By Phil Goff, LEED AP, Senior Associate, Alta Planning + Design
While much focus has been placed on mid-sized, bicycle friendly cities such as Portland, Denver, Salt Lake City, and Pittsburgh, Buffalo has also emerged as a national leader in bicycle-friendly programs and infrastructure. All-but-dismissed as a struggling Rust Belt city for decades, recent policies and funding opportunities have led to significant revitalization in Buffalo. This has recently culminated with the completion of the Buffalo Bike Plan and the initiation of the final design and public outreach for a three-mile roadway reconstruction that will feature the city’s first two-way separated bike lane (AKA cycle track). Alta is proud to be the authors of the Bike Plan and a key member of the Niagara Street design team.
Over the past ten years, Buffalo has emerged as a bronze-level Bicycle Friendly Community, due to the strong support of Mayor Byron W. Brown, a Complete Streets policy, an extremely effective advocacy group (Gobike Buffalo), and a network of 80 miles of greenways, bike lanes, and bike routes with shared lane markings. Despite this progress, the emerging network was developed somewhat haphazardly without the benefit of a larger master plan to guide the network’s growth. The 2016 Bike Plan has provided the City with a blueprint for a well-connected network comprised of dozens of on- and off-street improvements including:
- An expanded greenway and rail-trail system
- Cycle tracks on four of the city’s most critical corridors to promote bicycling for all ages and abilities
- Numerous “road diet” projects with bike lanes on former four-lane roads build originally to handle traffic when Buffalo’s population was twice the number it is today
- Neighborhood bikeways on low volume, residential streets
- Where few options exist for striped bike lanes, shared lane markings and signage to enhance the comfort level for experienced bicyclists accustomed to riding with motor vehicle traffic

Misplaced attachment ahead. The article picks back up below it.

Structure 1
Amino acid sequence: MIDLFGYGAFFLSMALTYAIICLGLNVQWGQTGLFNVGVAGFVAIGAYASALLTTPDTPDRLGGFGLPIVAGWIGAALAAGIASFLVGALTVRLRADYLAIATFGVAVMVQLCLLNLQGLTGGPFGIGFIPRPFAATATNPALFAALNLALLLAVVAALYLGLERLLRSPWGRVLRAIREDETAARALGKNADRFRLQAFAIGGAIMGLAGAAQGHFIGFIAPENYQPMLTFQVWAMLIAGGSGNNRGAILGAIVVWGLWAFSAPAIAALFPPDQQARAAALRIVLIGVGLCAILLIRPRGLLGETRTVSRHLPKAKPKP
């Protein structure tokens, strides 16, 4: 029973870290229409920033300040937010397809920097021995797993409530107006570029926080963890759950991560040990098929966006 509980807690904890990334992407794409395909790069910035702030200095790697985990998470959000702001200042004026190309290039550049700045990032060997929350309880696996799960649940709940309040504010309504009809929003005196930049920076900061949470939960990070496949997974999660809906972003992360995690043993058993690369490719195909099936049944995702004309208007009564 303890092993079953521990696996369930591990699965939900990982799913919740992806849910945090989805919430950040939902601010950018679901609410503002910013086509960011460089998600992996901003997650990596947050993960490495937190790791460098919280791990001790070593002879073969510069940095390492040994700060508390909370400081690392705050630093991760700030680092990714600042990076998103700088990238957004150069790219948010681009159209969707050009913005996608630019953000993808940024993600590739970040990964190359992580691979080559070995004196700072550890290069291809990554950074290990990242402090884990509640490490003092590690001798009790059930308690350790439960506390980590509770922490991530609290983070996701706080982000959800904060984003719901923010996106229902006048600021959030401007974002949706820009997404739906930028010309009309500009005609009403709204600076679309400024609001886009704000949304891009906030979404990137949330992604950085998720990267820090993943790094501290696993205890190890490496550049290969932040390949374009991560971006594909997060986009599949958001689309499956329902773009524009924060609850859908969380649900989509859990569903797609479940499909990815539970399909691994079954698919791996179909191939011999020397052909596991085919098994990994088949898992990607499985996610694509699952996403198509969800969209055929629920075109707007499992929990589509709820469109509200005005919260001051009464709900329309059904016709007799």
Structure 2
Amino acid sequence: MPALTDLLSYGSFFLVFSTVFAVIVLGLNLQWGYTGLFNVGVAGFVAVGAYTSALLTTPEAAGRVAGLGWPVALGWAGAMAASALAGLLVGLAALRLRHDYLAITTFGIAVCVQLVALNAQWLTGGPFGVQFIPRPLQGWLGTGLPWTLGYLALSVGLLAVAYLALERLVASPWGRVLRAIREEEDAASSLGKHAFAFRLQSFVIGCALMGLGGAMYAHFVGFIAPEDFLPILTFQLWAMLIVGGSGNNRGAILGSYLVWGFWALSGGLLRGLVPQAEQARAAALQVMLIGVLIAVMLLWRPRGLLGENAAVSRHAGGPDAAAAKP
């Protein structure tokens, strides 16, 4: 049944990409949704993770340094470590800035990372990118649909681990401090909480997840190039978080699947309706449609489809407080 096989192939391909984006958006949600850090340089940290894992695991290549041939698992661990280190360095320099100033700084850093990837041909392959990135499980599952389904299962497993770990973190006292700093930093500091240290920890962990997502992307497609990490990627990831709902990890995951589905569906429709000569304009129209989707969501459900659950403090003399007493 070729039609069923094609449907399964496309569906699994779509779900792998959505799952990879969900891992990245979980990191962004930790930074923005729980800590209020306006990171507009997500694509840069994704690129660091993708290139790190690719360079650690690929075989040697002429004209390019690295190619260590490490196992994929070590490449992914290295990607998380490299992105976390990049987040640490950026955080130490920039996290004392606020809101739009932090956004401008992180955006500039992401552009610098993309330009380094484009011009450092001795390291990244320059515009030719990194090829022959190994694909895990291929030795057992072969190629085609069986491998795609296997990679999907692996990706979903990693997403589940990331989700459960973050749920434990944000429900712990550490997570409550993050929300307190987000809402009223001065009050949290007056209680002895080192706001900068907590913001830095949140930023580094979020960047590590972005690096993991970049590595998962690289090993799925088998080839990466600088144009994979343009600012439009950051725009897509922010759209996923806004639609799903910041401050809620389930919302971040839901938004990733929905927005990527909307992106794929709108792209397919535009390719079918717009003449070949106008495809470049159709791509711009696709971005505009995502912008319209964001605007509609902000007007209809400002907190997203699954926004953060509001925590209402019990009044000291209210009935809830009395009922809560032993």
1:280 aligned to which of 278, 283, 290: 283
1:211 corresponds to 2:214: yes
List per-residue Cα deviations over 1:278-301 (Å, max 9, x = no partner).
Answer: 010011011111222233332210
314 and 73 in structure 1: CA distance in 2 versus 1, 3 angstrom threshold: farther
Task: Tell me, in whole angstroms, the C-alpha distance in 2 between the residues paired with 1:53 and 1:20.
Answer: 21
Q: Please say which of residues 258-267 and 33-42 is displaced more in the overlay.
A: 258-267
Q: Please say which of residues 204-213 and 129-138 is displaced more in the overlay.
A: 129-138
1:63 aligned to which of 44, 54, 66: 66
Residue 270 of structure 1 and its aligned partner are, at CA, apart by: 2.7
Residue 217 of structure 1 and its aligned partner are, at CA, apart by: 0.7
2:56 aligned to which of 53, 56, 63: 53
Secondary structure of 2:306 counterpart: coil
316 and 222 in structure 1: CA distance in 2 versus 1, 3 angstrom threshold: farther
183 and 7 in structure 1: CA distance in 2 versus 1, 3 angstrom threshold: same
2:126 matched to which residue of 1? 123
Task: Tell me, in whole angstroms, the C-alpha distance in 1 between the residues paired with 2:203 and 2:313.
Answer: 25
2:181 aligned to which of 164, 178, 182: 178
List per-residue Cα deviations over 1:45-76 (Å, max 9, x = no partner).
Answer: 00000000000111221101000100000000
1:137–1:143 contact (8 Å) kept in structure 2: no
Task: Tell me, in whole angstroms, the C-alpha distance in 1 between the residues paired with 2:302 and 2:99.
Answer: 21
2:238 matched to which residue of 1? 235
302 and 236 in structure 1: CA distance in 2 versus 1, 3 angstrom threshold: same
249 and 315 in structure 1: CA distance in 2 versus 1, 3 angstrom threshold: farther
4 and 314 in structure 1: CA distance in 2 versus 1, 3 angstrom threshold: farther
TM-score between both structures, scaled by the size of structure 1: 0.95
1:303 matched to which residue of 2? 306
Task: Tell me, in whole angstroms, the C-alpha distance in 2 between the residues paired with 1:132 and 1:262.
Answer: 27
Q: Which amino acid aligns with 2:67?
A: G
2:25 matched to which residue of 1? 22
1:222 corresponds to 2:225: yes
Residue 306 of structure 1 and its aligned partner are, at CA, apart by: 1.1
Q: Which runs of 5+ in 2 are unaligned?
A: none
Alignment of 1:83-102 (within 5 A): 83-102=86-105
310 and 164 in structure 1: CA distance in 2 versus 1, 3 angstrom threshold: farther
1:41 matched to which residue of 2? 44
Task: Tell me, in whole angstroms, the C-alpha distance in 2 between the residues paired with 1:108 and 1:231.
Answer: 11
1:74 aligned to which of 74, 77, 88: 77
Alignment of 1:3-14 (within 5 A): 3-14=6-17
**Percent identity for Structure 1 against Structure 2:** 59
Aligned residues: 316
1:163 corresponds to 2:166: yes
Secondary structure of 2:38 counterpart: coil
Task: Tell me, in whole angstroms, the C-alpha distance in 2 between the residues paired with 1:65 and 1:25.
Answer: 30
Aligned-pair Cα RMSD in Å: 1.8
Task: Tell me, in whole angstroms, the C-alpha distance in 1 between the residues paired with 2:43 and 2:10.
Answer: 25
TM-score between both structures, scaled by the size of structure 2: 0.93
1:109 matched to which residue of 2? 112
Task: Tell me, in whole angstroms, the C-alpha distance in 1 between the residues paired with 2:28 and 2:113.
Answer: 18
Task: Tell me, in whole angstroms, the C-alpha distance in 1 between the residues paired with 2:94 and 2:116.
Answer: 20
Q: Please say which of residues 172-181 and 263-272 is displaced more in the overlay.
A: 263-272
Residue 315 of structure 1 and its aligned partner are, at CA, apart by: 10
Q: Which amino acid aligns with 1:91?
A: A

- A maintenance plan intended to encourage cycling year round (a huge task, given Buffalo famously snowy winters!)
The Buffalo Bike Plan incorporated evaluation criteria to score the various projects and determine the eleven designated “catalyst projects”. The catalyst projects include a range of facility types and promote system equity, as they are spread evenly throughout the city, including the impoverished neighborhoods on the East Side.
One of the catalyst projects that has already received funding is the Niagara Street corridor. Niagara is one of Buffalo’s most-significant streets connecting downtown to the Peace Bridge to Canada and beyond, towards Niagara Falls. Having been superseded by the construction of I-190, the unnecessarily-wide four/five lane roadway contains light traffic, but with very high speeds. This creates a barrier to the Niagara River from the multi-ethnic neighborhoods along Buffalo’s West Side.
The current planning process envisions Niagara Street as a community connector with two lanes of traffic, turn lanes, wider sidewalks, stormwater management features and a separated bicycle facility from end to end. Alta is working with Watts Engineering and Stoss Landscape Architects to create a streetscape worthy of a city with a legacy of parks and boulevards designed by the renowned Frederick Law Olmsted.
When Niagara Street is completed in 2018, the two-way cycle track is likely to herald the development of other cycle tracks consistent with the Bike Plan’s designated network. This includes a traffic reconfiguration of Main Street from downtown to the University of Buffalo South Campus that will reduce the road to three lanes of traffic and a two-way cycle track. Along this three-mile, bicycle trunk route are designated perpendicular bikeways that will improve connections to local business districts, historic neighborhoods, schools, universities and parks.
The coming years will continue Buffalo’s trajectory as an emerging Rust Belt city banking on its investments in livability to attract new businesses and residents at a level not seen since the 1950’s. It is exciting to see bicycling play a major role in Buffalo’s renaissance, and those of us involved in the planning effort look forward to doing what we can to make the city one of the best winter-bicycling cities in North America.
Note: Thanks to all of those who participated on the Steering Committee and those who attended the public meetings in Buffalo. Special thanks to the City of Buffalo and the New York State Environmental Research and Development Authority (NYSERDA) for providing the project funding.